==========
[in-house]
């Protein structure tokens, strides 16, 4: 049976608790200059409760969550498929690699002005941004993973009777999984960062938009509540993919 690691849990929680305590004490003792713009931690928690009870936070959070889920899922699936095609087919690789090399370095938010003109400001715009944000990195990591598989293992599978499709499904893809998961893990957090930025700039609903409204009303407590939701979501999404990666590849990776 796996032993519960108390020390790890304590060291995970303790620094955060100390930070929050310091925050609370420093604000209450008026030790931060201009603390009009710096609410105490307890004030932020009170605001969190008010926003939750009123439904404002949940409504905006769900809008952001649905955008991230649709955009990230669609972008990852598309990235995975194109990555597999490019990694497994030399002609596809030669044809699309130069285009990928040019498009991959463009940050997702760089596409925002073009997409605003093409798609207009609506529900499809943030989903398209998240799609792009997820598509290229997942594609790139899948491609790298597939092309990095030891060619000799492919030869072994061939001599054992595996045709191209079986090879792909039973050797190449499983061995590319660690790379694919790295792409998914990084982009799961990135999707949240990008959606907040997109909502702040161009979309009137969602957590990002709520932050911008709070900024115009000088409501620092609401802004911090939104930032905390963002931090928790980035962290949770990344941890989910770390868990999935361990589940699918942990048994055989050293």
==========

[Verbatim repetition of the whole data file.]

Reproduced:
[in-house]
């Protein structure tokens, strides 16, 4: 049976608790200059409760969550498929690699002005941004993973009777999984960062938009509540993919 690691849990929680305590004490003792713009931690928690009870936070959070889920899922699936095609087919690789090399370095938010003109400001715009944000990195990591598989293992599978499709499904893809998961893990957090930025700039609903409204009303407590939701979501999404990666590849990776 796996032993519960108390020390790890304590060291995970303790620094955060100390930070929050310091925050609370420093604000209450008026030790931060201009603390009009710096609410105490307890004030932020009170605001969190008010926003939750009123439904404002949940409504905006769900809008952001649905955008991230649709955009990230669609972008990852598309990235995975194109990555597999490019990694497994030399002609596809030669044809699309130069285009990928040019498009991959463009940050997702760089596409925002073009997409605003093409798609207009609506529900499809943030989903398209998240799609792009997820598509290229997942594609790139899948491609790298597939092309990095030891060619000799492919030869072994061939001599054992595996045709191209079986090879792909039973050797190449499983061995590319660690790379694919790295792409998914990084982009799961990135999707949240990008959606907040997109909502702040161009979309009137969602957590990002709520932050911008709070900024115009000088409501620092609401802004911090939104930032905390963002931090928790980035962290949770990344941890989910770390868990999935361990589940699918942990048994055989050293």